Between 1961 and 1974, an English man named Stanley Rous was the President of FIFA. Rous was the sixth person to have the honour of serving in the role – perhaps unsurprisingly the sixth European and indeed the third Englishman. Rous was the man who brought the insular Great Britain back into the focus of the world. Despite inventing the sport in the 1800’s and their dominance well into the 1920’s, England refused to compete in a World Cup until 1950 due to a strained relationship with FIFA, which was patched up by Rous himself. A seemingly strong CV for FIFA presidential candidacy.
There have been only two FIFA presidents since Rous, and both have had to struggle with the difficulties created under Rous’ 15 year stewardship of football’s governing body. An organisation that was already deeply Eurocentric when Rous took over the reins, his well-documented support for apartheid Rhodesia and South Africa severely strained the relationship with Asian and African football confederations.
From Rous followed the much-maligned presidencies of Brazilian João Havelange, and the notorious incumbent Sepp Blatter. The canon in western media is that Havelange and Blatter’s presidencies are mired in corruption and ineptitude. To an extent this is very true – Blatter’s role in allowing rampant corruption to infiltrate the sport is damaging. Calls for his resignation on these grounds have been persistent in the media over the past decade, coming to a head earlier this year.
In response, Blatter finally announced his impending resignation in June, arguing that “profound reform” was needed in the organisation he holds “very dear”. But too much of the criticism levelled in the British, American and indeed Australian press about Blatter’s presidency blatantly ignores the difficult situation FIFA has been in since Rous’ presidency finished. Havelange and Blatter focussed a large part of their presidencies rewriting the wrongs of the euro-centric control of the game under Rous.
To non-western media, Blatter is in fact considered to be one of the few men of great power to genuinely give opportunities to the developing world. By giving Africa the opportunity to host a world cup through his policy of continental rotation, Blatter won many admirers. He built upon the legacy of his predecessor Havelange, who drew the ire of European football associations during his presidency for the decision to expand the World cup from 24 to 32 competing states, thus reducing the percentage of European Teams competing. This ire is the root of the vitriol levelled at Blatter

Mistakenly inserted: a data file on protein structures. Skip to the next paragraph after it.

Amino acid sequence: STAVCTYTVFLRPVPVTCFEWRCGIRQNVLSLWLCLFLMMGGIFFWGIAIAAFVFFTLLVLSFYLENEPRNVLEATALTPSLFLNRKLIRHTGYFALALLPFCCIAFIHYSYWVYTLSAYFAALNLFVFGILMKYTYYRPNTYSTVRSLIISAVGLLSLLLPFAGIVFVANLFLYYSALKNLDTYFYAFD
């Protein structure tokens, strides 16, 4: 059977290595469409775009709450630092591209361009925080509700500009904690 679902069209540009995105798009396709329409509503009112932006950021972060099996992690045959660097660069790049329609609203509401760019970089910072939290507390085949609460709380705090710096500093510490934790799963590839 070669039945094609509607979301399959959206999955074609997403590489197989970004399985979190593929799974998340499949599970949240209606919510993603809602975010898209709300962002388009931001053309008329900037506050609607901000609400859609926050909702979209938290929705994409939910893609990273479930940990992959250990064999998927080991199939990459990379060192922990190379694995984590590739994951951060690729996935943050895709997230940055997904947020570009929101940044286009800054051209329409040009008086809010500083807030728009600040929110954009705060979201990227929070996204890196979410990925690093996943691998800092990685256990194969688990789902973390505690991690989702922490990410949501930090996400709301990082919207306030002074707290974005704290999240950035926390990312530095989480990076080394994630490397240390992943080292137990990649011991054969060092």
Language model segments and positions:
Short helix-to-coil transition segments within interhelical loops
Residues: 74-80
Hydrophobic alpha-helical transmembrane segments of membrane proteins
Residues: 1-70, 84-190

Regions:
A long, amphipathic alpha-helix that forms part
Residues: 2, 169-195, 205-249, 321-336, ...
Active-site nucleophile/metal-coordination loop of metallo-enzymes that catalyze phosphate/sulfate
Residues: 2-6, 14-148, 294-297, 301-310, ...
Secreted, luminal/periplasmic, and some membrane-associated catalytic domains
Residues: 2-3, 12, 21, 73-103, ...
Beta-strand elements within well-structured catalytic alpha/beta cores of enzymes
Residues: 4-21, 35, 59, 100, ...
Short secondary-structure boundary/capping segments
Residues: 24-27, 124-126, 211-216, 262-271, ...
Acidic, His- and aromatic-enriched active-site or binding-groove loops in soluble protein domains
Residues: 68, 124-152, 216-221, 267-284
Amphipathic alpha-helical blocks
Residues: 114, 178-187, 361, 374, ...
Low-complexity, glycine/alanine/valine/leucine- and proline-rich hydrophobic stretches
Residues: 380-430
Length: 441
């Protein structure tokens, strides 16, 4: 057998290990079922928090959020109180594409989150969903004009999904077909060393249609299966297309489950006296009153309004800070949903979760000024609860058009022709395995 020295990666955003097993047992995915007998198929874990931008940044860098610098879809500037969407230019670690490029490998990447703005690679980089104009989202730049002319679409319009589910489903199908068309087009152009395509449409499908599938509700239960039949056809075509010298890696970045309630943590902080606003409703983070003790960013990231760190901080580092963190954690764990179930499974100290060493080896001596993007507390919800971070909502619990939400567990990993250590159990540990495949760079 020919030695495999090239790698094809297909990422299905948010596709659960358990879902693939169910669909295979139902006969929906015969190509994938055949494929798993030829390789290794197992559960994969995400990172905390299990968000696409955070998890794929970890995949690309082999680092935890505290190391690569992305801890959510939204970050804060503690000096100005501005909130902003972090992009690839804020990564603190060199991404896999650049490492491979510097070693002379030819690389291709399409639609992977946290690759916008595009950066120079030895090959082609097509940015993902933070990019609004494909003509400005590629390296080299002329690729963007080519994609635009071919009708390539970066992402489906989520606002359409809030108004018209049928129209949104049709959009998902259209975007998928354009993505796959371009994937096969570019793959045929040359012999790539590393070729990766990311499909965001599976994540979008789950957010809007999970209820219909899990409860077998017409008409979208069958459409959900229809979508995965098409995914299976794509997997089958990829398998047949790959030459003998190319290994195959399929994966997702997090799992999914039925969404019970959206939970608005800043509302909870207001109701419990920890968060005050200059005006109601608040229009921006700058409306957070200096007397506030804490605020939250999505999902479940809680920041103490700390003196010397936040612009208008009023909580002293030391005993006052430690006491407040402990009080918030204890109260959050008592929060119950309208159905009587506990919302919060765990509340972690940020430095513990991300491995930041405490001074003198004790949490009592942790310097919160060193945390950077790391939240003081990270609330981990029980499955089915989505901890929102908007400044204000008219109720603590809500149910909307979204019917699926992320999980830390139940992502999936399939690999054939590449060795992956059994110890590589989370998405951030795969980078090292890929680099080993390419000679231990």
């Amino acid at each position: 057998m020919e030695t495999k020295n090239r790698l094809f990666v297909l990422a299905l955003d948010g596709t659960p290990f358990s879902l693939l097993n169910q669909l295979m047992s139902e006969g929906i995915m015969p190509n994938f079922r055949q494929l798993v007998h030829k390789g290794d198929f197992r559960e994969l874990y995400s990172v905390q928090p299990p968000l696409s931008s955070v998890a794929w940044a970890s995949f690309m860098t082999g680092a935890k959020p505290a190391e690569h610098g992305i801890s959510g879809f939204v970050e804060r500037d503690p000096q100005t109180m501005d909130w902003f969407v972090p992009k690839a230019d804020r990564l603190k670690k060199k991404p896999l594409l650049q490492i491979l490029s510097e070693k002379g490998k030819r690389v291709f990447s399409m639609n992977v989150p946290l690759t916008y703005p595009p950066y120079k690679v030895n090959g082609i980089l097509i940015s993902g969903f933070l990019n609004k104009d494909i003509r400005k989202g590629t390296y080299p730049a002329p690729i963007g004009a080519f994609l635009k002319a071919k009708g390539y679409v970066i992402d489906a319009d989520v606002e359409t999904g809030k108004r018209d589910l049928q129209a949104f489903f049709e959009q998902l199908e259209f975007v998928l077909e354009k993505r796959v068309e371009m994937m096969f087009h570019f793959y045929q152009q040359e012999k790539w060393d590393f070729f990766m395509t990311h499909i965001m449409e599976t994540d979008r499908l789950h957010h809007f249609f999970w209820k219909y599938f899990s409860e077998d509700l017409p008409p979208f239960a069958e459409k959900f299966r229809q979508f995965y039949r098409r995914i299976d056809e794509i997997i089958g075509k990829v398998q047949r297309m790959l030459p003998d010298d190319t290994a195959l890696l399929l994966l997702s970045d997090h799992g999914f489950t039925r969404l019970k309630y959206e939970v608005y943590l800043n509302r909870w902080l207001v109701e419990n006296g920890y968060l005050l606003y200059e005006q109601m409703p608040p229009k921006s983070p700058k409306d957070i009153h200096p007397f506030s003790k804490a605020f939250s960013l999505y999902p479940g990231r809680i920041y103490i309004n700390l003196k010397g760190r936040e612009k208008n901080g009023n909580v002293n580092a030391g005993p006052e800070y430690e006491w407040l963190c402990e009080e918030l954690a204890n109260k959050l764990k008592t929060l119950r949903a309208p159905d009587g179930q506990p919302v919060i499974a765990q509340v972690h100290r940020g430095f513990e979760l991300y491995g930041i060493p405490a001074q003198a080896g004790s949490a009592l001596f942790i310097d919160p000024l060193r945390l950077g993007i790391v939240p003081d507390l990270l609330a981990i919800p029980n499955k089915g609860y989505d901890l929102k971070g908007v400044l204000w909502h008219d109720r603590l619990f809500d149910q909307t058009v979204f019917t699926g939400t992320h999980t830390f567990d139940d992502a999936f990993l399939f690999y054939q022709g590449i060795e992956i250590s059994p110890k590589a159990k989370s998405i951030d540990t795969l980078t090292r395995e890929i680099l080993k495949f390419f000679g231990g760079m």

Nowhere is this more evident than in the way developing states have been scapegoated for FIFA’s problems. For instance, at FIFA’s congress, all member states are given equal standing. This prompts significant criticism from those who don’t believe that Guinea-Bissau should have the same level of influence as, say, Germany. So believes English FA head Greg Dyke, who stated earlier this year that Western administrators have a “different set of values” compared to those from Africa, where politicians prefer to “look after their families”.
This is not only a deeply stigmatic profile of the continent, but also exasperatingly ignorant. It smells distinctly of the sort of neo-colonialist rhetoric that once defined the approach Rous took to African football administrators during his time at the helm. This is a large part of why member state associations are so sceptical every time the West calls foul over Blatter or the FIFA executive.
Moving forward, member states on all sides need to recognise this clear disconnect which divides world football in two. Highly reflective of world politics generally, the belief that the global south will be corrupt with power is dangerous, particularly when the West’s own house is barely in order. For Western Europe to attempt to dictate terms would be disastrous for the organisation, but so too is the status-quo of unchecked power and lack of transparency across the board. For all of Blatter’s numerous failings, the gradual hacking away at Euro-centrism ought to be respected, and any reform process must keep this principle of globalising the game at its core.
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